When my fourth grade daughter started thinking about her informational writing piece, a culminating writing project of sorts, she initially focused on topics about which she was knowledgeable – myths (thank you Rick Riordan), dogs, skiing. I asked her what she wanted to learn more about, and her answer was the Taliban. I put that back on her teacher, knowing that, on many levels, researching the Taliban could be a difficult effort for a ten year old.
Her interest stems from an almost-obsession with Malala Yousafzai that was ignited by multiple readings of the book Rad Women Worldwide. The short stories about changemaking women with simple block print style illustrations really stuck with her. She would tell her friends in the car about the most recent story she read, but Malala’s story resurfaced. We watched the documentary, read her book, and my daughter even read part of Malala’s Nobel Peace Prize speech at the talent show in third grade.
I’m sure there are many reasons she was so taken with Malala, but one definitely is that she is young. The creators of Rad Women got that message too, and just published Rad Girls Can. We went to their book signing at Bear Pond Books this week – thank you to CLiF’s Board of Advisors member Jane Knight for arranging a fabulous event.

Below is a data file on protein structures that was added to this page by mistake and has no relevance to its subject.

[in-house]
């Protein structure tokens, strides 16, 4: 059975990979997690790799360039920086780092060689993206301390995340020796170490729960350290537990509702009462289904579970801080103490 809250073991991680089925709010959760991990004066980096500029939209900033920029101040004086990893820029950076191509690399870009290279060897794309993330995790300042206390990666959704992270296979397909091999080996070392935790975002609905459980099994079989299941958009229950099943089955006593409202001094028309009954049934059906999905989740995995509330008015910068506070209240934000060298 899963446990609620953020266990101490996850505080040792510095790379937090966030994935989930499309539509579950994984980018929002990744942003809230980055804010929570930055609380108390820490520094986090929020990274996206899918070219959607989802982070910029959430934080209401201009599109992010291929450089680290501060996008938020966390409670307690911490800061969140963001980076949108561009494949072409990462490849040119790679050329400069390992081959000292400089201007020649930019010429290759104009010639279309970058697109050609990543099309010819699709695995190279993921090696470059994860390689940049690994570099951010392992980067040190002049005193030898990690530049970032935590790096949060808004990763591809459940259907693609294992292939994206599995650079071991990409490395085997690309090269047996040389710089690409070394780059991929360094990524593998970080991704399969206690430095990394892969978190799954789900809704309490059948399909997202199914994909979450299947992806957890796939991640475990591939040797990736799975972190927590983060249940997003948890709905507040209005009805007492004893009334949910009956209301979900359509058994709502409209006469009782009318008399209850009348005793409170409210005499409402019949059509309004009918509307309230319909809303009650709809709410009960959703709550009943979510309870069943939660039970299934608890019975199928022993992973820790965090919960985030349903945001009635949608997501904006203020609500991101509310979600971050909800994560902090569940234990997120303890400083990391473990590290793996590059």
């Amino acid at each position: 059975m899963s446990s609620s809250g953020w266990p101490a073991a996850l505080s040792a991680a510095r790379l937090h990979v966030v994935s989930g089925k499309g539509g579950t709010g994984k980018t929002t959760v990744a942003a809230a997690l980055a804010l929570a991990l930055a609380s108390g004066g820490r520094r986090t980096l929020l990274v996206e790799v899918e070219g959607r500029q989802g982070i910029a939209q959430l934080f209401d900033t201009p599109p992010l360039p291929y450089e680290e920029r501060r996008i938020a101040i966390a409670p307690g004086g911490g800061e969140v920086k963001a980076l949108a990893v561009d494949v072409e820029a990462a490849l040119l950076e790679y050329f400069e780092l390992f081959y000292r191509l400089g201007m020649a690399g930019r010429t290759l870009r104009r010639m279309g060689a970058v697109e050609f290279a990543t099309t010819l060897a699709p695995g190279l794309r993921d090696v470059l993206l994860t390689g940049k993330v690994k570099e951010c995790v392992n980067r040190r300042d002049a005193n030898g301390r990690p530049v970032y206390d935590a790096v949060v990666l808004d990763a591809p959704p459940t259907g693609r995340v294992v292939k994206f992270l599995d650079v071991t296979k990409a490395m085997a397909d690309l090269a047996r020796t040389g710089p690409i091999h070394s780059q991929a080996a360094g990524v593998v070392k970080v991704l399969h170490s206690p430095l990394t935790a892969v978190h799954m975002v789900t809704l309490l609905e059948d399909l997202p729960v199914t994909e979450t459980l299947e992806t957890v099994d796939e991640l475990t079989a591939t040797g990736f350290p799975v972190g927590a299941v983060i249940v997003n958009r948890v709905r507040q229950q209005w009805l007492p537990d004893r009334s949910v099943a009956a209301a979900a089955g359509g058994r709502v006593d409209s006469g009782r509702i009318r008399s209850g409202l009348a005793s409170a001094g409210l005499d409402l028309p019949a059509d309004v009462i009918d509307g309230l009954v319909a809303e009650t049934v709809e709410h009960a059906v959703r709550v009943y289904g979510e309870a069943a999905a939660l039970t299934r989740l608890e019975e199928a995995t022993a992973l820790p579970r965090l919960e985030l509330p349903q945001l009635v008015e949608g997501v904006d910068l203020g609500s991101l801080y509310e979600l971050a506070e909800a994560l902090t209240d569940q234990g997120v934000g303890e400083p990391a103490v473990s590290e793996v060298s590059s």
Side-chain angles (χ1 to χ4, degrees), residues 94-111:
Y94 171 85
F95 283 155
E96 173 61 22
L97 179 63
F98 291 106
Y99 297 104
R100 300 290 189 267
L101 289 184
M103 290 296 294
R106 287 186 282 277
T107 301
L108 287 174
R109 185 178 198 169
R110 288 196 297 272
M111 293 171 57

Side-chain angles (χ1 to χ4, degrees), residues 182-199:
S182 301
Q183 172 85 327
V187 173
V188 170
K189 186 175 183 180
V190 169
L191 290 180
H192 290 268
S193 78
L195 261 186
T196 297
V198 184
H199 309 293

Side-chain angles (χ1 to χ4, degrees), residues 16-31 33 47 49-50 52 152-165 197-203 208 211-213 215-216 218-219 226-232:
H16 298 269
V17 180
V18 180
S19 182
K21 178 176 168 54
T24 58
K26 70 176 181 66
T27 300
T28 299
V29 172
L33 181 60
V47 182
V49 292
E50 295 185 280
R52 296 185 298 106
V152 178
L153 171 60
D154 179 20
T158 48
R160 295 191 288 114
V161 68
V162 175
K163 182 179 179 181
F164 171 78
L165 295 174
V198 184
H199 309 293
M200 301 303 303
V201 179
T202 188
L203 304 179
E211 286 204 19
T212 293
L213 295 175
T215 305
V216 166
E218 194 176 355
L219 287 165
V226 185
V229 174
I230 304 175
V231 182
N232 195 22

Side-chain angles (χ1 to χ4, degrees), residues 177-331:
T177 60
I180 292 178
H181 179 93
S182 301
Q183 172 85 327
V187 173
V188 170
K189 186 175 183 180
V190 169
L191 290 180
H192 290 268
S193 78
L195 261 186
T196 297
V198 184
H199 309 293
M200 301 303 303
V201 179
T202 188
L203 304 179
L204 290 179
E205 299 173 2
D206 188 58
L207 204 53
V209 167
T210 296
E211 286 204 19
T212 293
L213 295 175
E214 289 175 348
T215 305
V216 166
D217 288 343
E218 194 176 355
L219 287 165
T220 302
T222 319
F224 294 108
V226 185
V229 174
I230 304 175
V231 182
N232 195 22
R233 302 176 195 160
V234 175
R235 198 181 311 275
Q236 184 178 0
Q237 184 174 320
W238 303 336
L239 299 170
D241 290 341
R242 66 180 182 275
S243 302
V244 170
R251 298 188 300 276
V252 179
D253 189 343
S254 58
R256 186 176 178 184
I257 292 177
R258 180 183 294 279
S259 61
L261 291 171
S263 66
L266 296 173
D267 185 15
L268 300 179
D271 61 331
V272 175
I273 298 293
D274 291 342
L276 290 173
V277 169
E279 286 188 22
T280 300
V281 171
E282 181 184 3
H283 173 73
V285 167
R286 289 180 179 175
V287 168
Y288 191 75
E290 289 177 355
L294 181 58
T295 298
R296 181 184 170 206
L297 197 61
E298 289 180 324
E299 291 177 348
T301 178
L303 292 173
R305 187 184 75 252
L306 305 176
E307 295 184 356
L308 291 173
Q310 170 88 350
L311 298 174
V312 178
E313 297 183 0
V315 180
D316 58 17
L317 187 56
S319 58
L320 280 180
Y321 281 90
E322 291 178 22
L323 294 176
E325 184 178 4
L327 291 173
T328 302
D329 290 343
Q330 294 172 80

What struck me was that this event and this book series appealed to both adults and girls. The author Kate Schatz explained how the first book Rad American
Women A-Z arised from her need to provide her daughter with a book they both could read. They had a Montpelier High School activist speak, Selene Coburn, a Burlington-area state representative, and Muslim Girls Making Change, whose image appears on the front cover of the book. The message that there is always something you can do to make change, big or small, is universal – tweet, stay informed, protest, write poems, write letters, talk to others. As I sat there listening as a mom, an educator, a citizen, I kept thinking that the local bookstore was such a perfect place to start a discussion about activism in general with a multigenerational audience and that a smart children’s book is such a perfect entry point for that discussion.
Talking with my daughter after the event, we decided the main message was how do you find your voice and how do you make it heard. Muslim Girls Making Change talked about how poems have helped them to not only tell their own stories, but also how to give voice to those who can not yet tell their stories; they performed a moving poem about the Syrian refugee crisis. Poetry and storytelling is an outlet, a way to reclaim their stories and build community, a connection point, and a conversation starter.
CLiF works hard to help schools, libraries, and out of school time providers to find the space and time for kids to explore stories and storytelling as ways to connect, to build confidence, and to try to make sense of a crazy world. Kate Schatz talked about what it meant to be “rad” – not only does it refer to being cool, but also to being radical, as defined by doing something differently and making a difference – a message for everyone!
Photo: Muslim Girls Making Change, Kate Schatz, Selene Colburn